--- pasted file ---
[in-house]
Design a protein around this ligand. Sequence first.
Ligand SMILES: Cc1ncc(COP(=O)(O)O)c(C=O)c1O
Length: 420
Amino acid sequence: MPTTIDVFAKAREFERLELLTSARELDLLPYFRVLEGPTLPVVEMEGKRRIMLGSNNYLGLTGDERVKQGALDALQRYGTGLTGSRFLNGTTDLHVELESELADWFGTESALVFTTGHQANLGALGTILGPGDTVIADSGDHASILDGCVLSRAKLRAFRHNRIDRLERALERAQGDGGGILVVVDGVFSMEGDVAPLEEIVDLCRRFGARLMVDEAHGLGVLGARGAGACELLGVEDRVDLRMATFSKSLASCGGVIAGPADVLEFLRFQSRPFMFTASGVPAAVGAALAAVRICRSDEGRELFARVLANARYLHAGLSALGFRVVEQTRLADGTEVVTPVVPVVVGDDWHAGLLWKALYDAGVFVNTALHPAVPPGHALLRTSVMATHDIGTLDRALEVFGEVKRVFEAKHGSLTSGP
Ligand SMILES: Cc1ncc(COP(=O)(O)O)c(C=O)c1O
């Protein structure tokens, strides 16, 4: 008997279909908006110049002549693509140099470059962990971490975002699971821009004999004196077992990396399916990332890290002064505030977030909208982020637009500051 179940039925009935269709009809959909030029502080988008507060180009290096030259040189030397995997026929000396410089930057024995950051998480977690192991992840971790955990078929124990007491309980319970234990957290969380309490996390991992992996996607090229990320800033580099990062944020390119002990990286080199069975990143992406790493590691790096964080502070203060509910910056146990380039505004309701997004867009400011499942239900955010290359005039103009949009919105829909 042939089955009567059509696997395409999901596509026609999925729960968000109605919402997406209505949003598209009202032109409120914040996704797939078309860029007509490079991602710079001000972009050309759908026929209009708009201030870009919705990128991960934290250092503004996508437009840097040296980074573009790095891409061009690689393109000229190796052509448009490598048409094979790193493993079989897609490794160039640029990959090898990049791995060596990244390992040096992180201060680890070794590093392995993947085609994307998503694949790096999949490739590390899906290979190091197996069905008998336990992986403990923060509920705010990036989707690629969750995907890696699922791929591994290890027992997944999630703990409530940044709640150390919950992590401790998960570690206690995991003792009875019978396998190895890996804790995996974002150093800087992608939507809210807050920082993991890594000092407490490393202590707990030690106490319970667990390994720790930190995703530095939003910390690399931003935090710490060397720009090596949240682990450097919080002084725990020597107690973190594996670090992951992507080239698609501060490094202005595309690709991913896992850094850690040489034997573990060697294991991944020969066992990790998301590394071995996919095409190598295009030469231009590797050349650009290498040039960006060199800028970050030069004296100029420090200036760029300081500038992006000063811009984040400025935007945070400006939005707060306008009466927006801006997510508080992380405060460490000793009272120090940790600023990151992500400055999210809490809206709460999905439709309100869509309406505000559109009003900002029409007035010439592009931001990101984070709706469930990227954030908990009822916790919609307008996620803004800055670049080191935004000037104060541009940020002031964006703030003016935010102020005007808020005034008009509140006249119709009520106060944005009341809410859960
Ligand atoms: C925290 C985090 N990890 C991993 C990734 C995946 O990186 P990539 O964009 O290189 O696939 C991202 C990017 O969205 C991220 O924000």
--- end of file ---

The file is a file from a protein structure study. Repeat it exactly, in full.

[in-house]
Design a protein around this ligand. Sequence first.
Ligand SMILES: Cc1ncc(COP(=O)(O)O)c(C=O)c1O
Length: 420
Amino acid sequence: MPTTIDVFAKAREFERLELLTSARELDLLPYFRVLEGPTLPVVEMEGKRRIMLGSNNYLGLTGDERVKQGALDALQRYGTGLTGSRFLNGTTDLHVELESELADWFGTESALVFTTGHQANLGALGTILGPGDTVIADSGDHASILDGCVLSRAKLRAFRHNRIDRLERALERAQGDGGGILVVVDGVFSMEGDVAPLEEIVDLCRRFGARLMVDEAHGLGVLGARGAGACELLGVEDRVDLRMATFSKSLASCGGVIAGPADVLEFLRFQSRPFMFTASGVPAAVGAALAAVRICRSDEGRELFARVLANARYLHAGLSALGFRVVEQTRLADGTEVVTPVVPVVVGDDWHAGLLWKALYDAGVFVNTALHPAVPPGHALLRTSVMATHDIGTLDRALEVFGEVKRVFEAKHGSLTSGP
Ligand SMILES: Cc1ncc(COP(=O)(O)O)c(C=O)c1O
């Protein structure tokens, strides 16, 4: 008997279909908006110049002549693509140099470059962990971490975002699971821009004999004196077992990396399916990332890290002064505030977030909208982020637009500051 179940039925009935269709009809959909030029502080988008507060180009290096030259040189030397995997026929000396410089930057024995950051998480977690192991992840971790955990078929124990007491309980319970234990957290969380309490996390991992992996996607090229990320800033580099990062944020390119002990990286080199069975990143992406790493590691790096964080502070203060509910910056146990380039505004309701997004867009400011499942239900955010290359005039103009949009919105829909 042939089955009567059509696997395409999901596509026609999925729960968000109605919402997406209505949003598209009202032109409120914040996704797939078309860029007509490079991602710079001000972009050309759908026929209009708009201030870009919705990128991960934290250092503004996508437009840097040296980074573009790095891409061009690689393109000229190796052509448009490598048409094979790193493993079989897609490794160039640029990959090898990049791995060596990244390992040096992180201060680890070794590093392995993947085609994307998503694949790096999949490739590390899906290979190091197996069905008998336990992986403990923060509920705010990036989707690629969750995907890696699922791929591994290890027992997944999630703990409530940044709640150390919950992590401790998960570690206690995991003792009875019978396998190895890996804790995996974002150093800087992608939507809210807050920082993991890594000092407490490393202590707990030690106490319970667990390994720790930190995703530095939003910390690399931003935090710490060397720009090596949240682990450097919080002084725990020597107690973190594996670090992951992507080239698609501060490094202005595309690709991913896992850094850690040489034997573990060697294991991944020969066992990790998301590394071995996919095409190598295009030469231009590797050349650009290498040039960006060199800028970050030069004296100029420090200036760029300081500038992006000063811009984040400025935007945070400006939005707060306008009466927006801006997510508080992380405060460490000793009272120090940790600023990151992500400055999210809490809206709460999905439709309100869509309406505000559109009003900002029409007035010439592009931001990101984070709706469930990227954030908990009822916790919609307008996620803004800055670049080191935004000037104060541009940020002031964006703030003016935010102020005007808020005034008009509140006249119709009520106060944005009341809410859960
Ligand atoms: C925290 C985090 N990890 C991993 C990734 C995946 O990186 P990539 O964009 O290189 O696939 C991202 C990017 O969205 C991220 O924000």